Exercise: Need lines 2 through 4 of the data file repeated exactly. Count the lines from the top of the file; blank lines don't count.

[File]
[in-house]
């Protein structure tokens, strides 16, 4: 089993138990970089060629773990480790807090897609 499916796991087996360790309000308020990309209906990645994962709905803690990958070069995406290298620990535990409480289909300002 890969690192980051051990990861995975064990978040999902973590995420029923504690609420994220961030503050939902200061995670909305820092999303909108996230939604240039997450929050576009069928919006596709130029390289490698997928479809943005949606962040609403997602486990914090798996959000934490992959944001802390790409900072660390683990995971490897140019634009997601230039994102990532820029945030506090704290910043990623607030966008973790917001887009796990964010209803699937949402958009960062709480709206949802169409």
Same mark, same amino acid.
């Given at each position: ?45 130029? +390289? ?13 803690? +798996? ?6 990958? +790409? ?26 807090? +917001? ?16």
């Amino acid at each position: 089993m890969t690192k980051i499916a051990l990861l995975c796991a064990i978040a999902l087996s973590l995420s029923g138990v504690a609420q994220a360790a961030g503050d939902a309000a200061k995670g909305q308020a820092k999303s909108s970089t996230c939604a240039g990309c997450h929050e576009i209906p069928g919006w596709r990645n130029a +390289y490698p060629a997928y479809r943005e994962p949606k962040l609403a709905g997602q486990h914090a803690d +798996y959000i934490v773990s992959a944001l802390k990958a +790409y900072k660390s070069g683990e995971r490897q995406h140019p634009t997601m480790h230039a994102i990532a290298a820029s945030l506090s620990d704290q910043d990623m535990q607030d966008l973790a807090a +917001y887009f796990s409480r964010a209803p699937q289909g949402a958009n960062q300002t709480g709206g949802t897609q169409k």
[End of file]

């Protein structure tokens, strides 16, 4: 089993138990970089060629773990480790807090897609 499916796991087996360790309000308020990309209906990645994962709905803690990958070069995406290298620990535990409480289909300002 890969690192980051051990990861995975064990978040999902973590995420029923504690609420994220961030503050939902200061995670909305820092999303909108996230939604240039997450929050576009069928919006596709130029390289490698997928479809943005949606962040609403997602486990914090798996959000934490992959944001802390790409900072660390683990995971490897140019634009997601230039994102990532820029945030506090704290910043990623607030966008973790917001887009796990964010209803699937949402958009960062709480709206949802169409």
Same mark, same amino acid.
């Given at each position: ?45 130029? +390289? ?13 803690? +798996? ?6 990958? +790409? ?26 807090? +917001? ?16």